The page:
There’s a line from the original Shrek movie that I love for its irony, where he describes Ogres as complicated… layered like an onion. What makes the line so clever is that onions are not complex. They have layers, but all the layers are exactly the same. They’re just thin membranes repeated over and over again. But it sounds clever because we think layers imply complexity. In reality, bad designs, bad arguments, are always complex, always layered… always over-engineered.

I see the same pattern in software design over and over again. Look at any well written code, and one thing will always stand out: The code is easy to follow and it keeps things simple. This applies to all code, from the simplest little application to the programming framework itself. Bad code, on the other hand, is complicated. Bad code takes one or two simple concepts and then instead of representing them as easy to understand abstractions, splits them into thirty or forty obscure components, tied together in unimaginably poor ways that are difficult to comprehend the first time and easy to forget. Or we get the other end of the stick… a single method takes variable or dynamic inputs and then does different things in different cases, creating a cyclomatically complex monstrosity.

Conspiracy theories follow the same pattern… In order for them to be true, millions of people and shady organisations need to be involved in elaborate cover-ups of the truth, in setups so bizarre that such things would be absurdly impossible to achieve because of the cooperation required alone, and when you look closer, there is never any reason for the secrets. The secrets themselves are part of the reason the narrative becomes so complicated. Like any poor design or bad argument, the complexities exist as part of the solution but then twist the problem into something else, creating more problems than they solve, involving those who swear by them in even more effort to understand the complicated “solutions” which turn out not to solve anything at all.

Worst of all, debate groups are filled with idiots who can’t tell the difference between complex solutions and sophisticated nonsense. Not that it matters because 90% of complex solutions are just noise anyway. Maybe I’ll refer to Jerome’s Law again and maybe I won’t… This is the best attempt at introducing it so far, so this time I’m publishing it.

3 thoughts on “Scientism – When you use a made up term to criticize a straw man of your opposition and accuse them of making things up just like you…

  1. Hi, I just found your blog yesterday, looking for a link between meth use and conspiracy theories. It seems to me that tweakers love conspiracy theories for some reason.
    Anyway, for some reason I feel you and I would get good if we ever met hahaha.
    That being said, Scientism is not a void term, even if it used sometimes in a meaningless way. One clear example is the way adiction is treated, you cannot put it in doubt because is “science” you cannot say that addiction is a choice because in reality the science says that is a ” chronic disease” like an “allergy”. At the same time, we believe that psychiatric drugs are harmless, but there is too much evidence that shows that it isnt. But put it in doubt and you are called somebody who hates science and believes in conspiracy theories, hahaha the ironey back to the same thing.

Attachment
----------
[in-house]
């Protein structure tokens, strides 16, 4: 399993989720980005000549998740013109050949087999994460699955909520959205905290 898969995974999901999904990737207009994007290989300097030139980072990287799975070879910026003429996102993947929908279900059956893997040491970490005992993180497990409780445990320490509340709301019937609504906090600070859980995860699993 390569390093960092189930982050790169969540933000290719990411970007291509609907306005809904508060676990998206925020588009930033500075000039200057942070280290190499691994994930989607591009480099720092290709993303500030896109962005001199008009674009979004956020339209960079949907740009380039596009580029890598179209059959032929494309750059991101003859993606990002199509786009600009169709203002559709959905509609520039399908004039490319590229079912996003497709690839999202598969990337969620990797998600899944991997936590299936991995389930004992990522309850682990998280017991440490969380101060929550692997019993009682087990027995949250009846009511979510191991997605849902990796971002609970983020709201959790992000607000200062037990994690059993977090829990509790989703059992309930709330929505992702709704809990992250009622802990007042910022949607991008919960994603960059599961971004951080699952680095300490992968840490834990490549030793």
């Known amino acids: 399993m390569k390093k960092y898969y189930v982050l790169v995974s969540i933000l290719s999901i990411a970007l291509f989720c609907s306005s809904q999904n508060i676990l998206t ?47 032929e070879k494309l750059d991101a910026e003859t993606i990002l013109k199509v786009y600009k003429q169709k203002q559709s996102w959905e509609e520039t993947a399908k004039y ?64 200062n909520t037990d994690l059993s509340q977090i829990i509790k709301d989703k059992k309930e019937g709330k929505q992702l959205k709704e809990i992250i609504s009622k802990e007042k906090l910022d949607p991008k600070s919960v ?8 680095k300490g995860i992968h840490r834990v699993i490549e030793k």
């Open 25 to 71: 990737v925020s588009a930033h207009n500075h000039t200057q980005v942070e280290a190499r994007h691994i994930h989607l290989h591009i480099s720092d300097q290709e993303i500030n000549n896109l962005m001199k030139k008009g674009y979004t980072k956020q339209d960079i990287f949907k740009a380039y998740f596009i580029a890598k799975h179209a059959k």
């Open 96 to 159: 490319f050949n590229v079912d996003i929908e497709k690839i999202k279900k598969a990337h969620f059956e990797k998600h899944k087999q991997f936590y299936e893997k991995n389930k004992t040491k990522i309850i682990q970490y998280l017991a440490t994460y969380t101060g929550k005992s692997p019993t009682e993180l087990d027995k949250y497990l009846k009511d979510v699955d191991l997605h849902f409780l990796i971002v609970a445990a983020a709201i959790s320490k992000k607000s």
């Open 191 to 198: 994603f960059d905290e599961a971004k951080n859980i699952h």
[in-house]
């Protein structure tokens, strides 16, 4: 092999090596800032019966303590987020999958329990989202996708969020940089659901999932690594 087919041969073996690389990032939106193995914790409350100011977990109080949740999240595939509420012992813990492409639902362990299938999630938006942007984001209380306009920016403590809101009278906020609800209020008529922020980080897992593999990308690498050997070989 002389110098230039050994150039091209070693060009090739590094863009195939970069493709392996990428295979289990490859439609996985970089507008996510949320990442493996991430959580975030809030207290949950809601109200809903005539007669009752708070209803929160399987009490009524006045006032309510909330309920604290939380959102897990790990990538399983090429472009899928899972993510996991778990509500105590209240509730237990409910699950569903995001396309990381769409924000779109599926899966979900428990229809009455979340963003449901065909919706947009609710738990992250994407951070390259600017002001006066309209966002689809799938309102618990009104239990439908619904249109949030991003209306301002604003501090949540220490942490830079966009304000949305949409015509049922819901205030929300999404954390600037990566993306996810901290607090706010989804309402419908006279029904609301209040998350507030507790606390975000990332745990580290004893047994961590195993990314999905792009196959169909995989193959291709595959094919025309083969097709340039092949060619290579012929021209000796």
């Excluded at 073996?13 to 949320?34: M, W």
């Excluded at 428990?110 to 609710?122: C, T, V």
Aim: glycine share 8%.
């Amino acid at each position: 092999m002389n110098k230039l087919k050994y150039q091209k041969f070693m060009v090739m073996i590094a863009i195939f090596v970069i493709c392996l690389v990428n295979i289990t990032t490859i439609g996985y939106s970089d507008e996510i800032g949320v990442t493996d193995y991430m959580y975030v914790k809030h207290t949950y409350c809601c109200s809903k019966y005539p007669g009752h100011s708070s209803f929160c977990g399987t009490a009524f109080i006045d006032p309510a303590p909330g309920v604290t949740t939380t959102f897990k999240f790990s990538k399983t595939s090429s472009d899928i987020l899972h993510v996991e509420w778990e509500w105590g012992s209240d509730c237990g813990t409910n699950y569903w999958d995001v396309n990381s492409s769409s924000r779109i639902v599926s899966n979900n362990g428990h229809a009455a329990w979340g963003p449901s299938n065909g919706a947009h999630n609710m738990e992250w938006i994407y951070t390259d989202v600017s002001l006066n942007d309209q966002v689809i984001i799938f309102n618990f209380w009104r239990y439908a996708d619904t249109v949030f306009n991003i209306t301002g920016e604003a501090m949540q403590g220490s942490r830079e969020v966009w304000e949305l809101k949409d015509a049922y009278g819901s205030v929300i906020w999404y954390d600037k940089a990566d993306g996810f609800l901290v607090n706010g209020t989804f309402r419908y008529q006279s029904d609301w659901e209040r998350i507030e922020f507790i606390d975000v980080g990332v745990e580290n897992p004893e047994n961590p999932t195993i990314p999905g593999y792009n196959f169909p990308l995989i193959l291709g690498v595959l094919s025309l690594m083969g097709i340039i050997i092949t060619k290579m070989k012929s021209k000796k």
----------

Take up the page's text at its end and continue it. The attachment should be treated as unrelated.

To be honest bro, I started using amphetamines two months ago because 1.- I wanted to see what all the fuzz was about, I have a meth head friend, but I am worried about him, he is loosing his mind, but the guy is loyal. 2.- I had developed tolerance for cofee, and I was on a deadline and 3.- Amphetamines are the only thing that has reversed my sexual disfuncion caused by anti-depresants that were given to me by coercion.
    I am not planning to continue using meth or amphetamines, I have seen the effects.
    Also If you are interested in critical thinking may I recommend “Introduction to Logic” by Copi, he was a student of Russel.
    There are two kinds of fallacy, but you may already know this, informal and formal. Informal fallacies are the ones in which the premise itself is irrelevant, you cannot derrive true knowledge from it (e.g, naturalistic fallacy, appeal to novelty or its contrary appeal to tradition, appeal to authority, tu quoque) formal fallacies are ones in which, the form of the argument is flawed, (e.g. fallacy of ambiguity, affirming the consequent or fallacy of the converse).
    I am not a coder, thought I have taken courses online on coding. I recommend you that book, you will love it because you are a coder. After you learn Boolean algebra and first order logic, you start to see arguments and thought systems as codes.
    Anyway, but you may already know this.

    I am worry about my friend, but he gets angry everytime I tell him meth is making him delusional and illogical, thought the point that he tells me that “logic” is a social construct or something akin to that.
    The guy is a medical student and he believes that Covid is a conspiracy theory, he is loosing trust from everyone who is with him.

    What do you recommend amigo?

    Liked by 1 person

    1. Also, I met a former doctor in rehab… He was addicted to heroin and only about 28 years old but had lost his license to practice. He then relapsed and died around the same time I left. Hard drugs and a practice in medicine don’t work. Even if your friend makes it through med school, it will all end very badly. Worst case scenario is malpractice, possibly the death of a patient and some kind of criminal charges.

      Like